The Trouble With Physics: The Rise of String Theory, the Fall of a Science, and What Comes Next (Hardcover)
The Rise of String Theory, the Fall of a Science, and What Comes Next
Houghton Mifflin Harcourt, 9780618551057, 416pp.
Publication Date: September 1, 2006
In this groundbreaking book, the renowned theoretical physicist Lee Smolin argues that physics the basis for all other sciences has lost its way. For more than two centuries, our understanding of the laws of nature expanded rapidly. But today, despite our best efforts, we know nothing more about these laws than we knew in the 1970s. Why is physics suddenly in trouble? And what can we do about it?
One of the major problems, according to Smolin, is string theory: an ambitious attempt to formulate a theory of everything” that explains all the particles and forces of nature and how the universe came to be. With its exotic new particles and parallel universes, string theory has captured the public’s imagination and seduced many physicists.
But as Smolin reveals, there’s a deep flaw in the theory: no part of it has been tested, and no one knows how to test it. In fact, the theory appears to come in an infinite number of versions, meaning that no experiment will ever be able to prove it false. As a scientific theory, it fails. And because it has soaked up the lion’s share of funding, attracted some of the best minds, and effectively penalized young physicists for pursuing other avenues, it is dragging the rest of physics down with it.
With clarity, passion, and authority, Smolin charts the rise and fall of string theory and takes a fascinating look at what will replace it. A group of young theorists has begun to develop exciting ideas that, unlike string theory, are testable. Smolin not only tells us who and what to watch for in the coming years, he offers novel solutions for seeking out and nurturing the best new talentgiving us a chance, at long last, of finding the next Einstein.
Praise For The Trouble With Physics: The Rise of String Theory, the Fall of a Science, and What Comes Next…
"Lee Smolin provides a much needed, enlightening and engagingly written antidote to string-theory hype." --David Deutsch, Oxford University, author of The Fabric of Reality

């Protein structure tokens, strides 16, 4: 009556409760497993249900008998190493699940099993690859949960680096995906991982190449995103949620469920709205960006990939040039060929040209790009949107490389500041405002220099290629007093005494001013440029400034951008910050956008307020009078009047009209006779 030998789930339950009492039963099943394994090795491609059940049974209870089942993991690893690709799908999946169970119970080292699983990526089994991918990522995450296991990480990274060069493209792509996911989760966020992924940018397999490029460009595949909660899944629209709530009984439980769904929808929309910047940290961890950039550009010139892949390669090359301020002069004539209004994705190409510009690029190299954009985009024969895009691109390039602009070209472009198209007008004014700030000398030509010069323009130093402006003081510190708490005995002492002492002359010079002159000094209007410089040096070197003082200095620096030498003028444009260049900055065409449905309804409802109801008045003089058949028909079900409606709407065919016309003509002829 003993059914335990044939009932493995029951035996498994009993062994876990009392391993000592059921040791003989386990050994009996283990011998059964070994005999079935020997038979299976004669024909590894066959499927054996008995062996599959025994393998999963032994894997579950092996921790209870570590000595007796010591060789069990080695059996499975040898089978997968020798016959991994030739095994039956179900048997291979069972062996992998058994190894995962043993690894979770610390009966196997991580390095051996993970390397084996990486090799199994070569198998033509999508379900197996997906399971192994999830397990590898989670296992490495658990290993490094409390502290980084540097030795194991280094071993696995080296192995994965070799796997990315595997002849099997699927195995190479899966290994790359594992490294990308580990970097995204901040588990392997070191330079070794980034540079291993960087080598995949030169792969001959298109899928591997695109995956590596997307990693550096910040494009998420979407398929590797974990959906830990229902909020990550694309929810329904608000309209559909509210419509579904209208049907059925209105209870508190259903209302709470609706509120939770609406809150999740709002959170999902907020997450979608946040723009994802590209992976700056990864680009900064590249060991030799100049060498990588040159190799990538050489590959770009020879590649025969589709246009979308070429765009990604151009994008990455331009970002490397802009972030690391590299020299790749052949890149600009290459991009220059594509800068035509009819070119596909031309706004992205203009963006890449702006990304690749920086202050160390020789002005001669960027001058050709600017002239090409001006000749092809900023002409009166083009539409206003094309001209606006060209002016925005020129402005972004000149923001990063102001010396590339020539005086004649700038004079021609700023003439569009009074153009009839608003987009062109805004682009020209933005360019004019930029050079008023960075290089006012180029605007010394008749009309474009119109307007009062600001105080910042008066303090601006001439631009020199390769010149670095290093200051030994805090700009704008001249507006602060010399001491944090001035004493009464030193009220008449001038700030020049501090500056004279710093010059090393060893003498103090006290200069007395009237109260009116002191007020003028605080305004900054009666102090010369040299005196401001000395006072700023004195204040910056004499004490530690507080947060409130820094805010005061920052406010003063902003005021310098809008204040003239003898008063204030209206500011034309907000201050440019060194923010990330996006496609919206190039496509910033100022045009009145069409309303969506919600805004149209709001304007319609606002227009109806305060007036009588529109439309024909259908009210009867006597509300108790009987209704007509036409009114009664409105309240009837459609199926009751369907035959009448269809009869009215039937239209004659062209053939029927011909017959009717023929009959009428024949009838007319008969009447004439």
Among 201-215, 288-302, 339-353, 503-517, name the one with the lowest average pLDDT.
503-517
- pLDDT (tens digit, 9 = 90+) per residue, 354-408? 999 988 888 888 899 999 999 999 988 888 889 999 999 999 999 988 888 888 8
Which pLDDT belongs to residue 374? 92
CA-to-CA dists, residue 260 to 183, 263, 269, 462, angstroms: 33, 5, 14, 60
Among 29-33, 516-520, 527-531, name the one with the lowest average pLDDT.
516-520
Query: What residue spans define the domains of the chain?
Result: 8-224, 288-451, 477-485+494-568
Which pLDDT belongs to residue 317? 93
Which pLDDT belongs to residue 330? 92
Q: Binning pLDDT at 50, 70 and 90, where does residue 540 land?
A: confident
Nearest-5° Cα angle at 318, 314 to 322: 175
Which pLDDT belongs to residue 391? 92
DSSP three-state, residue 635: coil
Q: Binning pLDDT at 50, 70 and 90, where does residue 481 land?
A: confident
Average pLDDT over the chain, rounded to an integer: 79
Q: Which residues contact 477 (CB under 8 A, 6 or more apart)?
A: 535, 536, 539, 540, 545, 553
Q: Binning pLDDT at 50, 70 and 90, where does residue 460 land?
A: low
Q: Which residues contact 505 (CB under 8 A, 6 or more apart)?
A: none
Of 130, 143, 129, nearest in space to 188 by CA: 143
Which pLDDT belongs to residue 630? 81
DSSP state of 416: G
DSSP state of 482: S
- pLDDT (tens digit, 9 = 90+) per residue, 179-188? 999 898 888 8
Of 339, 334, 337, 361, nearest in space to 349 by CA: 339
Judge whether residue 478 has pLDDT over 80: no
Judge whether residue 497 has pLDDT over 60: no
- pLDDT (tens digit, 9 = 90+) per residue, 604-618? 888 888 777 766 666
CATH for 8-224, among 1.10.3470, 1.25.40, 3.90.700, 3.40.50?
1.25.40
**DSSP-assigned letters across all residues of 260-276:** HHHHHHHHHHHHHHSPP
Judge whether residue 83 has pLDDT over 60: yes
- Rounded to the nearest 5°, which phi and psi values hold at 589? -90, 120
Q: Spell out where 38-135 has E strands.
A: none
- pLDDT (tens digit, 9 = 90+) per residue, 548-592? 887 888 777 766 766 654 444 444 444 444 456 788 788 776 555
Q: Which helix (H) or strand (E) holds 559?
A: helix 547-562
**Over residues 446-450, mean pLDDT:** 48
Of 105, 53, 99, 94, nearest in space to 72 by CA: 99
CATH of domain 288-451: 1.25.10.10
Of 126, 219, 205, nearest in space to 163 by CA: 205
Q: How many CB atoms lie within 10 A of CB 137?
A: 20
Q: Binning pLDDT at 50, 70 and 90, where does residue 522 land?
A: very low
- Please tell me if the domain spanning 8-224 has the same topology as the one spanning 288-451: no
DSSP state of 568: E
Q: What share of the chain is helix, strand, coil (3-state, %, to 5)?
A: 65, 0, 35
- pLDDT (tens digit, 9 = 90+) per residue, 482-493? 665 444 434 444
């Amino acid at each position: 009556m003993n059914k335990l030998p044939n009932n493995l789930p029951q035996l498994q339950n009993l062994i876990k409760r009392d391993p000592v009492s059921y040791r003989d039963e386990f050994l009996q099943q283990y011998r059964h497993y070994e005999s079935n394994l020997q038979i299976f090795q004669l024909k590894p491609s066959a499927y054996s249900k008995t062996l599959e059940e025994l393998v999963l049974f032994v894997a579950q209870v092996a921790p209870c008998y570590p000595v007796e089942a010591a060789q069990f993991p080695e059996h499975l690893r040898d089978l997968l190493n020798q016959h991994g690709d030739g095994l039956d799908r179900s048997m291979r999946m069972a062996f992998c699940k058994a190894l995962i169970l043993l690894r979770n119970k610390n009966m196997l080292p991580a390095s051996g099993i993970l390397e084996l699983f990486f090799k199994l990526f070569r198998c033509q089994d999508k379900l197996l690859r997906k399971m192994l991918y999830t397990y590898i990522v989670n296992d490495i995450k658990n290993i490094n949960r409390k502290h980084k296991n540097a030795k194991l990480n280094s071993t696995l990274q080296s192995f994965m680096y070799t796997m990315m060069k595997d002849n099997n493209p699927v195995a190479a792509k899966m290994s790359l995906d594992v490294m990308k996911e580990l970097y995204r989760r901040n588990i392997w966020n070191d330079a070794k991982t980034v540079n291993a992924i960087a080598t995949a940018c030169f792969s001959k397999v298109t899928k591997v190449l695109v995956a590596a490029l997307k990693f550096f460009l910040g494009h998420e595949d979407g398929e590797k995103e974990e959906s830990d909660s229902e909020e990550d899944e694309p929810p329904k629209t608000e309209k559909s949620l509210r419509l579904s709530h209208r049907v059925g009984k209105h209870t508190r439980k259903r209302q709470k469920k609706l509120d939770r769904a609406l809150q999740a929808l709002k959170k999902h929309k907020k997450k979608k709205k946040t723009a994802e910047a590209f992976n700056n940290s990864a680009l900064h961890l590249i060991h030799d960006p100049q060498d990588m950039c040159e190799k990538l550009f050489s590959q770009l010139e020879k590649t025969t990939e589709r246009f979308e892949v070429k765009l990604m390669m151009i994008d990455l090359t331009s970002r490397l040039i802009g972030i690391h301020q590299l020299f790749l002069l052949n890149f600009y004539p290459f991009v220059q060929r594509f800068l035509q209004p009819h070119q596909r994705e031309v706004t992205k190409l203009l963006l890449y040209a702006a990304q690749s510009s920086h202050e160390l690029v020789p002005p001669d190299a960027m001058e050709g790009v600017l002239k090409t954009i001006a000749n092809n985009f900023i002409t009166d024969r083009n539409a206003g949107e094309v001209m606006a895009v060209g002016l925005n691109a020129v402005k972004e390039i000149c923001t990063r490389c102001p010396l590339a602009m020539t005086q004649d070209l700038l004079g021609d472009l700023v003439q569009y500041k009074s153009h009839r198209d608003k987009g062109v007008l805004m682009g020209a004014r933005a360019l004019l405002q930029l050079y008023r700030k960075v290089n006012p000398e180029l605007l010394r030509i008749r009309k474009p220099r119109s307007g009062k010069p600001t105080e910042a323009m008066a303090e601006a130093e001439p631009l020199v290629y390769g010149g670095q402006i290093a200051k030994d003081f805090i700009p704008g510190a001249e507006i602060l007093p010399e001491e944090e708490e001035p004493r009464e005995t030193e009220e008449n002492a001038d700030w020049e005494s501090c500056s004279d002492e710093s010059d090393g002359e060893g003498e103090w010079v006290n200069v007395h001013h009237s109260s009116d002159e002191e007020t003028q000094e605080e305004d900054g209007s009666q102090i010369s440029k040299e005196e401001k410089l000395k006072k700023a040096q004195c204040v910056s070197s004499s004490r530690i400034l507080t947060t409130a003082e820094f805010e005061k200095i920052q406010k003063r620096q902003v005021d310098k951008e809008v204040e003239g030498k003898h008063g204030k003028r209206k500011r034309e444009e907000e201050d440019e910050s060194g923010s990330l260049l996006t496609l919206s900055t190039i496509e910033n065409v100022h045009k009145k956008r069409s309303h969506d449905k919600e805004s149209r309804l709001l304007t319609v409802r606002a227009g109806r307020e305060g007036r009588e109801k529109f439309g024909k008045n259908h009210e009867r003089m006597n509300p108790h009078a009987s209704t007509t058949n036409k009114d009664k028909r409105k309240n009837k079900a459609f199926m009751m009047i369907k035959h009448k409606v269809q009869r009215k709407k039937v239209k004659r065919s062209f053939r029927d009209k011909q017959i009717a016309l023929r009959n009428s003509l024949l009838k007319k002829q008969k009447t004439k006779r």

"If you want to think in new ways about the interconnected universe around you, read Lee Smolin's provocative, inspiring book." --Margaret Geller, Smithsonian Astrophysical Observatory, Harvard University
"Bold, provocative, and, best of all, a joy to read." --Evelyn Fox Keller, Professor of the History and Philosophy of Science, MIT
"Smolin tells the somber tale of contemporary physics with virtuosity, passion, and courage." --Joy Christian, Oxford University
"An uncommonly clear and confident account of the great obstaclesand opportunitiesfacing physics today. . . .engrossing and illuminating." --Tim Ferris, author of Coming of Age in the Milky Way and The Big Shebang
"[Smolin] exudes a love of science and imagination, and a faith in the next generation of young physicists." --Jaron Lanier, computer scientist and columnist for Discover
"Lee Smolin is keeping his eyes open, asks sharp questions, and offers his delightful insights as a critical insider." --Gerard 't Hooft, Nobel Laureate, University of Utrecht
"[Smolin's] knowledge of [string theory] enables him to tell the story, and survey the road ahead, with clarity and grace." --Neal Stephenson, author of Snow Crash, Cryptonomicon, and Quicksilver
"Lee Smolin's understanding of theoretical physics is unusually broad and deep, and his critical judgments are exceptionally penetrating." --Roger Penrose, author of The Road to Reality and The Emperor's New Mind
"Lee Smolin has written an epic story with great energy and characteristic passion. . . .Thrilling." --Janna Levin, Barnard College of Columbia University, author of How the Universe Got Its Spots
"Clear, lively, and continuously interesting. . .Reading it is a very exciting experience and just what is needed at this time." --Kim Stanley Robinson, best-selling author of The Mars Trilogy
"Smolin offers a compelling argument. . . This is a well-written, critical profile of the theoretical physics community." Library Journal Starred